Sunday, April 16, 2006

microfiction: the secret of my strength

Death visited me when I was fifteen. She came to my house. She had kind eyes, and hung over my shoulder whispering words into my ear, gentle, comforting. There was really no need to remind me how beautiful she was. When it became evident that I was too afraid of her to listen, she sat at the kitchen table, sipping the iced tea I'd made, flexing one wing slowly. She'd bumped it on something, she explained. Then she set the glass on the table and left.

When I was twenty-eight, I learned that my wife of four years had found someone wealthier, sexier, and more upwardly mobile than me. Impossible, but true, I joked. After one of the many late days at work that had let my wife carry on her affair, death rode home with me. She had the same kind eyes, but looked haggard. It's what you're drinking that makes me look this way, she said. I don't like it either, I told her, but it grows scar tissue on the brain, so it's healthy. Cynthie was all I ever wanted, this is the only way I know how to forget her. Death's lips would curve up a bit at the corners then, and she would drop her eyes modestly. It's unlike her to be modest, but it makes her surprisingly pretty.

For ten months she sat beside me in the car as we crossed the bridge. Everyone does seventy minimum there. A twitch of the wheel could do it. We both knew it, and I held my chin high, not looking at her for six miles, concentrating on the acrid aftertaste of scotch. A few times, she rested her hand on my leg, and I traced my damp fingertip on the back of her hand, felt the tendon and bone under her skin. It was nice. The twists and turns along the backroads to my house are more hazardous, but I could do those in my sleep. According to Cynthie, I had done, several times.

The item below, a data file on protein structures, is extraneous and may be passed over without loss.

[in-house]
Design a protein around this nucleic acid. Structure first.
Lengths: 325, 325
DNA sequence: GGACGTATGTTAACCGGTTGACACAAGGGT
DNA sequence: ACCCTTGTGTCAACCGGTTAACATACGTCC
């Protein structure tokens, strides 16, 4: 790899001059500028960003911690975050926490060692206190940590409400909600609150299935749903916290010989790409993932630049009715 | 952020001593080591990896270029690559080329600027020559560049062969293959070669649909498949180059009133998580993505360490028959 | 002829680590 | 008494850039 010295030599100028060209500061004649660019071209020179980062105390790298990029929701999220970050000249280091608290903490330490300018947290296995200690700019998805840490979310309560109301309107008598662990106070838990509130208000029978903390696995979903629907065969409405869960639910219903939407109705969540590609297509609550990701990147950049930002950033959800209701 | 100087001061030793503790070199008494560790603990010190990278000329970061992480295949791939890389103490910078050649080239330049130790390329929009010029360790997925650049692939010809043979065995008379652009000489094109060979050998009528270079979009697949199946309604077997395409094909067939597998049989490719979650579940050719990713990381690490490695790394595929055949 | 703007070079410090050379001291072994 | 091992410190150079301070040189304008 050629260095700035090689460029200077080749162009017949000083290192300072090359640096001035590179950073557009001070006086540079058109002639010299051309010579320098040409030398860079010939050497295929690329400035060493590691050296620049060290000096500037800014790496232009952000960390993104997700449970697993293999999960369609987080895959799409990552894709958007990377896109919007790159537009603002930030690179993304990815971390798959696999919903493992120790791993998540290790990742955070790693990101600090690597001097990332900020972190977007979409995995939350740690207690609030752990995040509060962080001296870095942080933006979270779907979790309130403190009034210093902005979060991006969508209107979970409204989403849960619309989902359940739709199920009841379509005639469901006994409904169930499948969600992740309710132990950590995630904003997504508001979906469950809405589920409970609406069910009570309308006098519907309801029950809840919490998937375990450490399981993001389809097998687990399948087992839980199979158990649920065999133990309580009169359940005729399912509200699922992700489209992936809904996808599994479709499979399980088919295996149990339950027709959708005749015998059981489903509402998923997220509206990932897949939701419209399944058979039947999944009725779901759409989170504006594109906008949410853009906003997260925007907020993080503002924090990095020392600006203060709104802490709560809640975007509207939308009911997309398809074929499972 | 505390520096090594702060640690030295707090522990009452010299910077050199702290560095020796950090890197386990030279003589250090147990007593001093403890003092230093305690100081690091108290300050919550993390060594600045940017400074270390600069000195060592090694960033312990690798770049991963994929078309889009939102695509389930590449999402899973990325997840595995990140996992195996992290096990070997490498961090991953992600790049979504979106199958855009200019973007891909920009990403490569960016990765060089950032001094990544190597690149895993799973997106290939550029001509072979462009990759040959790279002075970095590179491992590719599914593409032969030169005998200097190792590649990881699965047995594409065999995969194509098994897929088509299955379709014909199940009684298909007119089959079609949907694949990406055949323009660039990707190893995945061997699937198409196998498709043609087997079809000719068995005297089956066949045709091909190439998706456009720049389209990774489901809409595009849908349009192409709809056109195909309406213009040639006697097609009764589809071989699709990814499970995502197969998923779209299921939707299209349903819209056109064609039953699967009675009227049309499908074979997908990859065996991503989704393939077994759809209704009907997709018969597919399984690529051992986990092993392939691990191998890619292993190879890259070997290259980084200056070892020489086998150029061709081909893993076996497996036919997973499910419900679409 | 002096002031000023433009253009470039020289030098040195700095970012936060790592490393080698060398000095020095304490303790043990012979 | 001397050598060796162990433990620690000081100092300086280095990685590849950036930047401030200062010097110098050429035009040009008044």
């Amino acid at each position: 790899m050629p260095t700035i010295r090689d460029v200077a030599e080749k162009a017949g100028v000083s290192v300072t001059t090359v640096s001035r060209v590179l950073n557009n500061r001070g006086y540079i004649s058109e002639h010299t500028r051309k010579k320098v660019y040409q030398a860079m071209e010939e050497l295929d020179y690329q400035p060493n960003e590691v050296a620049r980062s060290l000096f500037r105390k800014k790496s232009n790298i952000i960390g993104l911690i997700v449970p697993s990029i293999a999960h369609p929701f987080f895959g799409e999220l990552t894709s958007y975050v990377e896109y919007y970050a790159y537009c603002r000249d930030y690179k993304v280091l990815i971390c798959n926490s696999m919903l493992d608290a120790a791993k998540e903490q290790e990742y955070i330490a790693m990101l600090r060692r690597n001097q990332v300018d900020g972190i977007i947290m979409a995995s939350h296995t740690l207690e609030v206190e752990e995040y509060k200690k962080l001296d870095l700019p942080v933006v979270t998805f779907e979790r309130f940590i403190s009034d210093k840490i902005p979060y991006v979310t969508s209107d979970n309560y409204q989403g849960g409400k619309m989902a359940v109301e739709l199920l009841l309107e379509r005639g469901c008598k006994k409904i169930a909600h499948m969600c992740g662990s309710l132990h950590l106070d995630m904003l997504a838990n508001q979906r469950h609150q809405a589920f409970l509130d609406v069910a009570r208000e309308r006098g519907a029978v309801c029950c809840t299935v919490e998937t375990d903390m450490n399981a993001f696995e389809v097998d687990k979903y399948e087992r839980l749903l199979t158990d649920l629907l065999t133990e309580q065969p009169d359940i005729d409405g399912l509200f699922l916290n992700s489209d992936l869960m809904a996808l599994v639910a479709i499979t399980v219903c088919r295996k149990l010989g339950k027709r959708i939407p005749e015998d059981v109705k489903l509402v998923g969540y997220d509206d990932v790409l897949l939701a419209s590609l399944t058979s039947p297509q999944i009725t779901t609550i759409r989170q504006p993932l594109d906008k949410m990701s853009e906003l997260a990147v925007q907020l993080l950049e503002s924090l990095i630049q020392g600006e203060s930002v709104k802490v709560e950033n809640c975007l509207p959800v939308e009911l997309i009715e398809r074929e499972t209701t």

Then I started seeing a counselor, a brusque, powerful woman a little older than me. I liked the way she could argue without raising her voice, knew when to negotiate and when to stand firm with me. She, my lawyer, and a good friend helped keep my feet on the ground, and I no longer spotted death hitching a ride at the toll booths.

Now my doctor says I'll see her in four months. To quote Moore, "You know that kind of cancer that eventually gets better? Well, that's ain't the kind I've got." But I don't fear her any more. How could I be afraid of such an longtime friend? After I spend some time seeing places I've always wanted to see, I may be calling on her, the secret of my strength.

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